Camping equipment: We will spend 6-7 weeks in the open without access to hotels or even campsites in many areas. You need to be prepared for the varying terrain and weather. Siberia in the summer can be rainy and very hot at times which brings the lovely addition of flying and biting insects. Mongolia at the end of June can be cold even at night and very windy. Overnight stops will not be in exposed locations but you need to be good at coping with nature to stay comfortable.
We are assuming that most of you are seasoned travelers, but our suggestions are directed mainly to novices. You have to choose how you prefer to spend the night, either a ground tent, inside the vehicle or a roof tent. At the very least you’ll need agood sleeping bag, cooking equipment, mosquito net, chairs, tarp and some idea of how you’re going to organise your daily menu.
A good quality sleeping bag is a must. Regardless of whether I sleep in a tent, a roof tent or in the car (unless I have a Webasto heating), it is worth buying a sleeping bag that will maintain 5-15 degrees. The worst thing ever is a cold night’s sleep, so again be aware that in the high mountains of Altai, the temperatures can drop to around -5 degrees at night. Unfortunately in the Siberia , although it can be hot and beautiful during the day, temperatures can plummet at night. A secondary blanket or similar is a good idea, this is your choice entirely; stay warm!
This information is aimed towards the novice but perhaps might be useful to you too if you are unfamiliar with that area of the world. You need to be prepared for the heat reaching 35°C and local, morning frost. You must have equipment to protect yourself from the onslaught of mosquitoes and horseflies. You will need clothing that can withstand rain and high winds at times. Of course these are extreme examples and it might not happen happen but it’s better to be prepared.
Cookers, heaters etc. A basic gas stove that takes cylinders can be bought in Asda or Tesco’s for around the £10 mark. Heaters are also available should you think they are necessary, although these are often taken but rarely used.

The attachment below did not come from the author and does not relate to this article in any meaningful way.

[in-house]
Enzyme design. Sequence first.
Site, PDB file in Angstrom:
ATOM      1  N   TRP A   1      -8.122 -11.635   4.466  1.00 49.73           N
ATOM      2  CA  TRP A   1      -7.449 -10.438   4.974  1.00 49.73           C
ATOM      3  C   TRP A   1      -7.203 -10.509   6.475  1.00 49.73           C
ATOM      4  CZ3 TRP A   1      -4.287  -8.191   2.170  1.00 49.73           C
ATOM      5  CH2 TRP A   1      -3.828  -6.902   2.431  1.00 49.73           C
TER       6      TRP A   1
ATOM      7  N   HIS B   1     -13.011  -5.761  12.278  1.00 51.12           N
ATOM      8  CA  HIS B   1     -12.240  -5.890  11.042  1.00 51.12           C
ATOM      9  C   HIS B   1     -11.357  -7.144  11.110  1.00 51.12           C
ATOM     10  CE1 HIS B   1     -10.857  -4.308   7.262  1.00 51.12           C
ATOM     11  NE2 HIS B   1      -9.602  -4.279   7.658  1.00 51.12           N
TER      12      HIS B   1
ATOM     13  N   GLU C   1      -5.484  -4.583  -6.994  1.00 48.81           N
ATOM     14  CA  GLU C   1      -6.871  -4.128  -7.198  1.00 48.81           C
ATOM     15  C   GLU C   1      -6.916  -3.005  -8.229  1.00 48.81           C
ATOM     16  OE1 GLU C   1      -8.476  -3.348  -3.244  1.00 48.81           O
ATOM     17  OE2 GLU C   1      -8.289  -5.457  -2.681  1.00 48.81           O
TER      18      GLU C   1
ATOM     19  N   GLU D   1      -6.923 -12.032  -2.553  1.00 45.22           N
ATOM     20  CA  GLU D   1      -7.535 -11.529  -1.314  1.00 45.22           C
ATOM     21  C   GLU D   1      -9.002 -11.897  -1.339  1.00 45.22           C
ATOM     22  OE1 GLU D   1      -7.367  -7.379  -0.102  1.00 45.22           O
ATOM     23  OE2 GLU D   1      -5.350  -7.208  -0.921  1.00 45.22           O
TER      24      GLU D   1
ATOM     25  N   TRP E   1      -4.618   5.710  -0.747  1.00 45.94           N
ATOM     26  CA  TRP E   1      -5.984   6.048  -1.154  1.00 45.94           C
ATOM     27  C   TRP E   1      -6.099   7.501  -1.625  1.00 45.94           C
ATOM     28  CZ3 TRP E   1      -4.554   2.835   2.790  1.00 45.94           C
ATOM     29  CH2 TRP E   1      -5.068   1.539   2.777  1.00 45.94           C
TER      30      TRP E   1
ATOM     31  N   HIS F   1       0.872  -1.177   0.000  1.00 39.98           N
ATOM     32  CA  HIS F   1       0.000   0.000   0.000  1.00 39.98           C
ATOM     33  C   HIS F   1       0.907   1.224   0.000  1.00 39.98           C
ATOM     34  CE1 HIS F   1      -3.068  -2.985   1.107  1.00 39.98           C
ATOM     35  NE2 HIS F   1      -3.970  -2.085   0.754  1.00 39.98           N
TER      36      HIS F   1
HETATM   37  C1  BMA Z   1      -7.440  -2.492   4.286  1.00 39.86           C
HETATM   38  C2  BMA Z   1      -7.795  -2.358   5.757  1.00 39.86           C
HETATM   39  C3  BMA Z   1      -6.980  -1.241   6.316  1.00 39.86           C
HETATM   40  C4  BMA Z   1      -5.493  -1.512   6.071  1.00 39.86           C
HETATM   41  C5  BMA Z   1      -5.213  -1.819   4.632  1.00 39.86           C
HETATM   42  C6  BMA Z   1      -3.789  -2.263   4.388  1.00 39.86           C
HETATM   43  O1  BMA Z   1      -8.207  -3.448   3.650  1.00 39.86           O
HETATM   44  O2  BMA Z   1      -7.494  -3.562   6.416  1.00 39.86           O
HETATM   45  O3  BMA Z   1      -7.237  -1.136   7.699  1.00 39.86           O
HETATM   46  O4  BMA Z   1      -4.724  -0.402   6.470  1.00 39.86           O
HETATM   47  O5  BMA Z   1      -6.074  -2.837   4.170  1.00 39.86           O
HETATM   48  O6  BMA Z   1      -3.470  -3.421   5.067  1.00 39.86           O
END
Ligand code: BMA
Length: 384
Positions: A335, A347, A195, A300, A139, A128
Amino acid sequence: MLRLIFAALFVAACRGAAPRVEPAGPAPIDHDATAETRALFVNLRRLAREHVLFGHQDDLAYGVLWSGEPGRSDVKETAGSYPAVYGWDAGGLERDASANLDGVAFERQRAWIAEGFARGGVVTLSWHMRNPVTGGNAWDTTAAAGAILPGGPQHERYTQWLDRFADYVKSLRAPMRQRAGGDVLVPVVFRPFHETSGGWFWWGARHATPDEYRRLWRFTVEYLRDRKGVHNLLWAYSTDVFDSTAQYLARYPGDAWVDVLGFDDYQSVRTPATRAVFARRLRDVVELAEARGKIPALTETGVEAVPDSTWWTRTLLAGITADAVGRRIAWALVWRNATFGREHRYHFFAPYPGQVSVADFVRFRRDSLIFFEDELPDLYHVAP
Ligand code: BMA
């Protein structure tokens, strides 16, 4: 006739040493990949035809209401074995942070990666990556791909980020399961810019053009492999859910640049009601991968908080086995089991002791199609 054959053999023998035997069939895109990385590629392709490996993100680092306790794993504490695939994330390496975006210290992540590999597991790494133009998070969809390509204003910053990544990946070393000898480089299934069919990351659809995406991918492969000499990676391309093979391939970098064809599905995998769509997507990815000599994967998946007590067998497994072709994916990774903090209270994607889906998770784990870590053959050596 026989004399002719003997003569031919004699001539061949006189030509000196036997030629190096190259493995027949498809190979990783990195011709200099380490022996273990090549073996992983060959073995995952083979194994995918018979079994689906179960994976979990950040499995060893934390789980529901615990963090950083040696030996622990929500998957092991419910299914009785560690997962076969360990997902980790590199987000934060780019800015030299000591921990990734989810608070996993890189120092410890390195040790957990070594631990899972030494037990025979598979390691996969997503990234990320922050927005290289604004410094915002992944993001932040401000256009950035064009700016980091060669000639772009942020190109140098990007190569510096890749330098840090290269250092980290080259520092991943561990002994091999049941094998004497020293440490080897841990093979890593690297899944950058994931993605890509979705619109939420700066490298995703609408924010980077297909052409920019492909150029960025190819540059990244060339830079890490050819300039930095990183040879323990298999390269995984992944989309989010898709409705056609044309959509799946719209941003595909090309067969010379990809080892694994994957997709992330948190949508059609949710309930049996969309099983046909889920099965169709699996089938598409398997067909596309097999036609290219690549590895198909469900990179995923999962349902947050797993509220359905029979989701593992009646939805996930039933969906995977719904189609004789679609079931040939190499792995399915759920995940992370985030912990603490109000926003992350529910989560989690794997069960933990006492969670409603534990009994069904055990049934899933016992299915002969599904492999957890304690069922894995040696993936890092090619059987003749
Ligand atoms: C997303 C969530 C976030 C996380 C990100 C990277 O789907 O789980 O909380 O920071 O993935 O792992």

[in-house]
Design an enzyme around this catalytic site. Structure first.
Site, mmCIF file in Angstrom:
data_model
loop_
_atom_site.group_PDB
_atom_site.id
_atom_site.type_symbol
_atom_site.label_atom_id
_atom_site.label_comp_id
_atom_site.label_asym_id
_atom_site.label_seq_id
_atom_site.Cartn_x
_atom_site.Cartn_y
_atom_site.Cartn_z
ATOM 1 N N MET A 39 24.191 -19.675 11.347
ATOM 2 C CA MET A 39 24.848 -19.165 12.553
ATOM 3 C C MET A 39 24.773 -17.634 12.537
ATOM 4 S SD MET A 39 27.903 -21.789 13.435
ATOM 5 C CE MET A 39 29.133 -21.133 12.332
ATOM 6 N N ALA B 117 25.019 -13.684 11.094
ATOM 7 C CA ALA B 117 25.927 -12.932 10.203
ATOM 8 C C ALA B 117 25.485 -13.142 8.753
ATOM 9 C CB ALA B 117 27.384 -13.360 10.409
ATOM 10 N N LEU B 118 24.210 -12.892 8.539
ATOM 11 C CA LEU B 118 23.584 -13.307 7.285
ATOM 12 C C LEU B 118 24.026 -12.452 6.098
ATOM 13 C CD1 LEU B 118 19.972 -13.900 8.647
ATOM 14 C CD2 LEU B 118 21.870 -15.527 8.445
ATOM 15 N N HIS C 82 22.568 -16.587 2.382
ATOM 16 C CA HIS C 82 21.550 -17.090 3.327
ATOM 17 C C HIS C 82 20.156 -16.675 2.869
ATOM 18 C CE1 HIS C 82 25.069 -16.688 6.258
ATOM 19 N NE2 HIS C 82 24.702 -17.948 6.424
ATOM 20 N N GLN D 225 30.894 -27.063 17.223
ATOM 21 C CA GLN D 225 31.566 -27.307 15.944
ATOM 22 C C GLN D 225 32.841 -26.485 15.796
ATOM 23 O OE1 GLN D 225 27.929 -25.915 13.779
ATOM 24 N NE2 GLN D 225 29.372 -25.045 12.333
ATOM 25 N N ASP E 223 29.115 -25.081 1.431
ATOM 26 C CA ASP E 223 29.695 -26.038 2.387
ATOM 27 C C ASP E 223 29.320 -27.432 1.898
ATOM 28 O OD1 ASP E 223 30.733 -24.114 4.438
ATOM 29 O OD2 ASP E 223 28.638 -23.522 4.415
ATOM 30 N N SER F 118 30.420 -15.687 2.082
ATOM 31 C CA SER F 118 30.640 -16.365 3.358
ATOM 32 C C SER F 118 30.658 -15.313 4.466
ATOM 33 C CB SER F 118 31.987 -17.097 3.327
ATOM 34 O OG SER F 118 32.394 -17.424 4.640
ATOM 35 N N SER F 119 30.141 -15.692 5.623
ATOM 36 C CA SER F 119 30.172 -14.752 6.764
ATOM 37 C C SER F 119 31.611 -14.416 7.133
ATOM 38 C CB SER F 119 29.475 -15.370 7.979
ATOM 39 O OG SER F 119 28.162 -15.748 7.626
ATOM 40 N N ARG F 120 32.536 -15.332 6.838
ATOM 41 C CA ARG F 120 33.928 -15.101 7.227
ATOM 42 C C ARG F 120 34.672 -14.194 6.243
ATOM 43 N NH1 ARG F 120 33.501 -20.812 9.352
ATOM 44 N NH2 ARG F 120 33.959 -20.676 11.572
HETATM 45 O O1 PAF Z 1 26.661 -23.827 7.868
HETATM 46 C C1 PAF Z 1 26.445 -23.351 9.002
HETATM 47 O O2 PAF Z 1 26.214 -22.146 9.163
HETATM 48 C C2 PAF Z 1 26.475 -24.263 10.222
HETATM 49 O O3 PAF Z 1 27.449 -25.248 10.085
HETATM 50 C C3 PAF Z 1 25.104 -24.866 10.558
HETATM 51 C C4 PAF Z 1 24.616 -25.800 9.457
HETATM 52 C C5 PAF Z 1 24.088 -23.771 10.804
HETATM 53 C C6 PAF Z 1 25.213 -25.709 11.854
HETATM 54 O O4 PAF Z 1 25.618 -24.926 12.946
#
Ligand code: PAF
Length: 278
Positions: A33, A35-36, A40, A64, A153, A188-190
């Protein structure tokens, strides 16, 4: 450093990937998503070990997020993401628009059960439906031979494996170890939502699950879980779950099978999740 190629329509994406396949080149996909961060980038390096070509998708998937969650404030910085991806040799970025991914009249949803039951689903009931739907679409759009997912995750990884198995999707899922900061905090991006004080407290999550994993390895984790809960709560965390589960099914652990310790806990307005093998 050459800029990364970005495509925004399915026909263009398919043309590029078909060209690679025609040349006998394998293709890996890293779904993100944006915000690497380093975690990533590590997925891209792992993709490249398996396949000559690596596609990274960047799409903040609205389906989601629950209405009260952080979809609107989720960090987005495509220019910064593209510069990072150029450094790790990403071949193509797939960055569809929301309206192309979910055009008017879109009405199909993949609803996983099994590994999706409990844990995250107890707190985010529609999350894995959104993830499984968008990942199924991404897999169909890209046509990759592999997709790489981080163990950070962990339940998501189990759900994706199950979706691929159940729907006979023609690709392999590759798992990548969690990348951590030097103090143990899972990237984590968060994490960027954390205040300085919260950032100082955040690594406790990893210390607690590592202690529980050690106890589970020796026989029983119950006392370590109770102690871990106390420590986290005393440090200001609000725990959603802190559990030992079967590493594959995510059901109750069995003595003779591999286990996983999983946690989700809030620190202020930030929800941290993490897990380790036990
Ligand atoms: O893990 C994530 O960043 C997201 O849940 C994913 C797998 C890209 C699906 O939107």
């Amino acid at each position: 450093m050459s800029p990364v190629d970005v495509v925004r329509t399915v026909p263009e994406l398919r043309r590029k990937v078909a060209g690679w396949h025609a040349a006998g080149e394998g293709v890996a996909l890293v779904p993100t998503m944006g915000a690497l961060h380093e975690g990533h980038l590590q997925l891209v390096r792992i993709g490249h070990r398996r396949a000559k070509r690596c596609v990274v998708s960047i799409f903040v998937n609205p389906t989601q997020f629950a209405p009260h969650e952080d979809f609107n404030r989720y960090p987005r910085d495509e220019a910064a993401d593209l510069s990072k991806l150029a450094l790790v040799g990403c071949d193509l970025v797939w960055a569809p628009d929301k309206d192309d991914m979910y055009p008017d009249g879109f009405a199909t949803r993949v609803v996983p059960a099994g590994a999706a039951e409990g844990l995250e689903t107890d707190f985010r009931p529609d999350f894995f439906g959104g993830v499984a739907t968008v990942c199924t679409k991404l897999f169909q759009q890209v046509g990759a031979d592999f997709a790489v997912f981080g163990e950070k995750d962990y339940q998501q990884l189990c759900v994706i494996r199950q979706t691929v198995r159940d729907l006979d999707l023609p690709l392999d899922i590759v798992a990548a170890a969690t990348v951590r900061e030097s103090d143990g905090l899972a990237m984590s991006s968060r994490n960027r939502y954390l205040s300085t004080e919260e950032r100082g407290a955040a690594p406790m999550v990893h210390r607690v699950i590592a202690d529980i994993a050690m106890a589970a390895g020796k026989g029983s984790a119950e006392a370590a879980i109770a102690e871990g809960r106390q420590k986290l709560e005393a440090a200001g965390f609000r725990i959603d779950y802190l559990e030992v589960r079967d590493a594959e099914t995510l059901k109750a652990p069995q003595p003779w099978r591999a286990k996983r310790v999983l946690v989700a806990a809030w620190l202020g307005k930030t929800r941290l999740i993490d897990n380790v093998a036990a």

Water can be scarce in some areas so you should be able to carry enough for 2 or 3 days at least.
We recommend sleeping in the car or in a rooftent. If you prefer to sleep in a ground tent then also bring a good quality sleeping mat or inflatable mattress. Temperatures can drop to 0°C at night and rise to 35°C at noon.
A major consideration is insects crawling on the ground. They all come out at night so you need to protect against them because some of the bite. In the morning be sure to shake out your boots before putting them on. A lot of time will be spent wild camping so think of chairs, tables, canopy, etc for comfort in the evenings. Feeding yourself, of course, almost every day you will have access to shops and vegetable markets. You can also eat in restaurants which are cheap but not available everywhere.
Remember that if you are uncomfortable in the vehicle or whilst trying to sleep it could ruin your memory of this fantastic overland trip.
Other preparations largely concern maps and literature. We will try to keep you informed and educated on the history and culture of the regions as we go, but it is also good to have some of your own material and guide books which you can read in advance and on the way.
If you have any questions about the equipment, luggage or clothes that you would like to take with you, then simply contact us or visit our 4x4zone Team stand at the fairs and shows. We will provide as much help as possible.